Free Syrian Army: A make-shift catapult and a child grinning by a tank - images from the heart of civil war
By Sam Webb
PUBLISHED: 12:00 EST, 14 October 2012 | UPDATED: 12:33 EST, 14 October 2012
Members of the Free Syrian Army strain as they use a primitive catapult to fire homemade explosives into an area believed to be occupied by Assad's loyalist forces.
A child clutches bread and beams as he cradles the barrel of tank's cannon in his arm, while a tense soldier perches his feet on a sofa as he scans the streets down the scope of a sniper rifle.
These incredible images were taken by photographer Rick Findler and provide a haunting insight into the internal conflict that has engulfed the Arabic country.
Determined: Free Syrian Army fighter use a jury-rigged catapult to fire homemade explosives at Assad's soldiers in the war-torn city of Aleppo.
Innocence: Young boys play on a destroyed tank in the Syrian towen of Azaz. The town suffered catastrophic damage two weeks ago at the hands of President Assad's fighter jets and helicopter gunships
Overwatch: A sniper belonging to the Free Syrian Army sits patiently in an abandoned fifth-story bedroom in Aleppo
The pictures come as an international human rights group said it has obtained new evidence that Syrian troops are using banned cluster bombs.
The munitions are prohibited as they pose a grave risk to civilians because they burst into bomblets over large areas and often linger on the ground, detonating only when touched.
Steve Goose of U.S.-based Human Right Watch said cluster bombs 'have been comprehensively banned by most nations, and Syria should immediately stop all use of these indiscriminate weapons that continue to kill and maim for years.'
Rage: A picture of Syrian President Bashar Assad is kicked and defaced by members of the Free Syrian Army
Carnage: A young boy looks toward a damaged building in Azaz. The town has been bombed heavily by forces loyal to Assad
Combat: Members of the Free Syrian Army get a lift to the front lines of the battle between FSA and soldiers in Aleppo
HRW had previously reported cluster bomb remnants found in Homs and nearby Hama this summer.
'Syria's disregard for its civilian population is all too evident in its air campaign, which now apparently includes dropping these deadly cluster bombs into populated areas,' said Goose, who is HRW's arms director. Syrian government officials had no immediate comment.
There were also new signs of the mounting tensions between Turkey and Syria, two former allies who have become bitter foes since the outbreak of the 19-month-old rebellion against President Bashar Assad.
Turkish Foreign Minister Ahmet Davutoglu announced that Turkey is barring Syrian civilian flights from Turkey's airspace, a day after Syria issued such a ban for Turkish commercial aircraft.
Davutoglu said Syria is 'abusing' civilian flights by using them to transport military equipment.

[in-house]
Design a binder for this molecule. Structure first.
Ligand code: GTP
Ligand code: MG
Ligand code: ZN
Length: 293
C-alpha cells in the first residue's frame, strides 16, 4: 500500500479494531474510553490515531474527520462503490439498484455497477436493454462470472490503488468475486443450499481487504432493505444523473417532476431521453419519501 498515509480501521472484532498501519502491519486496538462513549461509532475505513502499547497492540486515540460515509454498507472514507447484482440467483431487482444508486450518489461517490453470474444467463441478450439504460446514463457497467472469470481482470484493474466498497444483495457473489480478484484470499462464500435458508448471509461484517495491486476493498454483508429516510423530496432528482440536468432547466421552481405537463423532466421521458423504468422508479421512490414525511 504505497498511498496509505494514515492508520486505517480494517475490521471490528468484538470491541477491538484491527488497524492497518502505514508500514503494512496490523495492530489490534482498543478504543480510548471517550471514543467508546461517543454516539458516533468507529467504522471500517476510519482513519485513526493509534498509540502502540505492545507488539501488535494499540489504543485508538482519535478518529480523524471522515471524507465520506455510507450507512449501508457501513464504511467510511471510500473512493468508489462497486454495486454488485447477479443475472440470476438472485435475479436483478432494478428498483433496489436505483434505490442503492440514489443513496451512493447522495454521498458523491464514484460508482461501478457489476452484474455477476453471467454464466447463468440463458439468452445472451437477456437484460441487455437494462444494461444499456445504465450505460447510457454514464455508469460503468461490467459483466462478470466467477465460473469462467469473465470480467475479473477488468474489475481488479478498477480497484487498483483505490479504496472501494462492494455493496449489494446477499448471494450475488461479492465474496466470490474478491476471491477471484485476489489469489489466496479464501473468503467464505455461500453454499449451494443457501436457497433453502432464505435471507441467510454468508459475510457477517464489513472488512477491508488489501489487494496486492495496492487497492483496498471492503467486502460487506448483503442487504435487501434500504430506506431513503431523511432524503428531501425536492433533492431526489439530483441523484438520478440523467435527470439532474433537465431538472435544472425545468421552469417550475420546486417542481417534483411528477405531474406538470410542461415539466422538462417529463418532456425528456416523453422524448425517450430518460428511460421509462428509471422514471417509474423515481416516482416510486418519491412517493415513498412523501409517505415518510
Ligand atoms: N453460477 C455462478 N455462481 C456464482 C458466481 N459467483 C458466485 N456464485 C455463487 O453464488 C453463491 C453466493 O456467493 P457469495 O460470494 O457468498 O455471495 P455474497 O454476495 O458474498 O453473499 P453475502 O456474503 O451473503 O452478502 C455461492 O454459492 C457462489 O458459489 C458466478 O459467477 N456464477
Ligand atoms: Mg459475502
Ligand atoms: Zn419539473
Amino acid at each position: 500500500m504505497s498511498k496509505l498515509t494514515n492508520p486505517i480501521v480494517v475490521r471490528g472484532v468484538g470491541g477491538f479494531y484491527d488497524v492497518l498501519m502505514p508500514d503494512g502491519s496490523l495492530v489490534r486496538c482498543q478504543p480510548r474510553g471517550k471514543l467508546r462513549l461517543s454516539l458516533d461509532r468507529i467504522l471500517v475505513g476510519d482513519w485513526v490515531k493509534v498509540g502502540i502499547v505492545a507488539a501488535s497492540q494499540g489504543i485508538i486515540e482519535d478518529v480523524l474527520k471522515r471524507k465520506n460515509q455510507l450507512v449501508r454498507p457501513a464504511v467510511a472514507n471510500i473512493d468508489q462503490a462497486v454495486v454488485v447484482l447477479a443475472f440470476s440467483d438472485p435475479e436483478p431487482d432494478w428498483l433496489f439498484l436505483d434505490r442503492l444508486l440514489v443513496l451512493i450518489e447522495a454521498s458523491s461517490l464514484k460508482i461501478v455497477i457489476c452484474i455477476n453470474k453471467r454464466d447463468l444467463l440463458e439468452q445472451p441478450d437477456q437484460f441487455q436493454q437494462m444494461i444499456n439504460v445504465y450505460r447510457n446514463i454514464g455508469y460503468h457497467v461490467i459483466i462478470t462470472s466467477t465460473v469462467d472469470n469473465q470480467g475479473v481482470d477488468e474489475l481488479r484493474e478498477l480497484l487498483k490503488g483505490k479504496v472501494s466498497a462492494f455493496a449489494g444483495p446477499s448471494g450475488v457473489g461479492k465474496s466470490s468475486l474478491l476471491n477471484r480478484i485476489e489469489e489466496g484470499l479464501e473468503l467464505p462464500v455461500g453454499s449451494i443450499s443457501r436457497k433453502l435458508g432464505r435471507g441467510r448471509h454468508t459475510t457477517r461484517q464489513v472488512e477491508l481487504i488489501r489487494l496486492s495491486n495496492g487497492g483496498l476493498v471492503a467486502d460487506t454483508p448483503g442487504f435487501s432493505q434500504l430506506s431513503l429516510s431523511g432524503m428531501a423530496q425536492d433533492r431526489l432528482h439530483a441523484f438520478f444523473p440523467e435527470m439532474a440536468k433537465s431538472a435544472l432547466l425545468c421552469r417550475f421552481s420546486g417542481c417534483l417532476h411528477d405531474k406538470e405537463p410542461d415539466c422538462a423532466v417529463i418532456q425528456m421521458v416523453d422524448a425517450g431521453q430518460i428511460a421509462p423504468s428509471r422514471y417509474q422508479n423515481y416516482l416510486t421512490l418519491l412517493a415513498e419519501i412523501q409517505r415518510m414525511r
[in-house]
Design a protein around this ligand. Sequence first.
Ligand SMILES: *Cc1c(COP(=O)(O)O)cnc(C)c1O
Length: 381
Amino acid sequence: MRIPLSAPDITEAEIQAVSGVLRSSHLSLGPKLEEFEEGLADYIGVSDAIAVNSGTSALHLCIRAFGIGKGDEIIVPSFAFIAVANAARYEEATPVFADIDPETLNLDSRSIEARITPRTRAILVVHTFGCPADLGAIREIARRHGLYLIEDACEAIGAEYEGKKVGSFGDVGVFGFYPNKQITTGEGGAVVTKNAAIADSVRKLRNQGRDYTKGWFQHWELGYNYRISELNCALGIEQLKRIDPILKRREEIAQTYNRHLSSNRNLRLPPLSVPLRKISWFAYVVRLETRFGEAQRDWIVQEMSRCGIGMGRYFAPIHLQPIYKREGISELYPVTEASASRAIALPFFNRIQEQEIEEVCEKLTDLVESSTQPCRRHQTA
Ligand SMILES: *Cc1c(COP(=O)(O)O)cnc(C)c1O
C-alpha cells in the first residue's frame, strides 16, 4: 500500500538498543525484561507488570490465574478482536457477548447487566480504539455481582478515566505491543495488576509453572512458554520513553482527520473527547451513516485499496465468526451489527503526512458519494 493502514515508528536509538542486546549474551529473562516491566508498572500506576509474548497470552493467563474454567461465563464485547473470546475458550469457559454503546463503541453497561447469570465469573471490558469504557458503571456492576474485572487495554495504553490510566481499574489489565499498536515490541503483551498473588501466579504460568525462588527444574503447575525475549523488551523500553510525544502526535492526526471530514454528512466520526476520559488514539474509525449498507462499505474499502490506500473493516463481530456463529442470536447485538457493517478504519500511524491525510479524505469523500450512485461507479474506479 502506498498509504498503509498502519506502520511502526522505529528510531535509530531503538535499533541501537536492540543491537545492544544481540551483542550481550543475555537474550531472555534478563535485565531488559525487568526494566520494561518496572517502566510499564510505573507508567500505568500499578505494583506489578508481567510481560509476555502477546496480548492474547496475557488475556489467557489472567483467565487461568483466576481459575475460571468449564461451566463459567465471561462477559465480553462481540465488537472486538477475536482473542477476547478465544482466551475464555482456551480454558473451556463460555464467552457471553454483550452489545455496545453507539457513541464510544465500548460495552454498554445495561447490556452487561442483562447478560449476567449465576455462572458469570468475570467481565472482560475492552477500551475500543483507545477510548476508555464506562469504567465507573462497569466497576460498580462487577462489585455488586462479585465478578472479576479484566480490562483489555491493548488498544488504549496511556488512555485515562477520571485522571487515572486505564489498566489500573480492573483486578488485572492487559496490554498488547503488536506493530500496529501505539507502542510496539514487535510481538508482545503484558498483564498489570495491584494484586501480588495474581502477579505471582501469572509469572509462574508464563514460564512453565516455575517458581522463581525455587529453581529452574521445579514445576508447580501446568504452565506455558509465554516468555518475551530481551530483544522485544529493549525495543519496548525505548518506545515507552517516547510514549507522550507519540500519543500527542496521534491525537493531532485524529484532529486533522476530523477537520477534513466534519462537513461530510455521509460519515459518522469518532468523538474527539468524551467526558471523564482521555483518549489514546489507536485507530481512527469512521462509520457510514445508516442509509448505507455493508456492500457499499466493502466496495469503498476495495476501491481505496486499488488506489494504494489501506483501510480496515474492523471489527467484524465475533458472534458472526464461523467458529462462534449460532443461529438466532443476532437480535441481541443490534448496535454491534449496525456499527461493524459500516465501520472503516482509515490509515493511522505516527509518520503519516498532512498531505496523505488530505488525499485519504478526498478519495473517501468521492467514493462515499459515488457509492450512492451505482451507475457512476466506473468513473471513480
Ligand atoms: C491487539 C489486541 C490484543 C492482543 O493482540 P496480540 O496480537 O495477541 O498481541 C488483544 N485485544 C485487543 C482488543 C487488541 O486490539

Last week, Turkey forced a Syrian plane coming from Russia to land and confiscated what it said was military equipment on board. Russia said the plane was carrying spare radar parts, while Syria accused Turkey of piracy.
Bolt: A sniper belonging to the Free Syrian Army changes location to avoid return fire from Assad's army
Haunting: This sniper peers out of a window while walking up a stairwell in the city of Aleppo, Syria. There is a vast number of snipers in the city, creating extreme danger for anyone roaming the streets
Bombs: A soldier passes a comrade a bag of home-made explosives for the make-shift catapult.
After a week of exchanges of fire across the volatile border, a Turkish newspaper reported that Turkey has reinforced four naval bases along its Mediterranean coast north of Syria.
In an unattributed report, the Hurriyet daily said Turkey sent frigates with cannons, as well as anti-ship and anti-aircraft missiles to the naval bases.
Turkey has been retaliating for Syrian shells and mortar rounds hitting Turkish soil.
Life goes on: Women walk past a destroyed tank lying at the side of a road in the Syrian town of Azaz. The town was destroyed by aircraft belonging to President Assad
Horror: A member of the Free Syrian Army shot dead by a sniper from Assad's army lays in an Aleppo street
Tension: A member of the Free Syrian Army uses a periscope to locate enemy soldiers while avoiding gunfire
Despite Turkey's recent measures, Syrian opposition leaders say Ankara and other foreign backers of the rebels are not doing enough to help them break the battlefield stalemate.
Abdelbaset Sieda, head of the largest opposition group, the Syrian National Council, said the international community is doing nothing more than managing the Syrian conflict.
More than 32,000 people have been killed in Syria since a revolt against Assad erupted. Hundreds of thousands of Syrians have fled the fighting between the rebels and the army, which has been using missiles, tanks and warplanes in strikes that devastated whole neighborhoods.
Earlier today, Syrian gunmen fired on a bus transporting workers to a blanket factory, killing four and wounding eight, a Syrian official said. He said the attack happened at the entrance of Homs. He gave no other details and spoke anonymously as he was not authorized to make statements to the media.
A member of the Free Syrian Army walks down a deserted road in the city of Aleppo. The city has become abandoned as fighting is forever increasing against President Assad's army
Ingenuity: FSA members show a home-made firing weapon which is controlled by a Sony Playstation controller
Relaxation: A dartboard hangs up among weapons and belongings where FSA members sleep inside the city of Aleppo
Wide-eyed: Jack, 13, from Idlib looks through the fencing of a refugee camp on the border of Turkey and Syria. Jack fled the violence in Idlib with his family four months ago and has been in this camp in the town of Killis ever since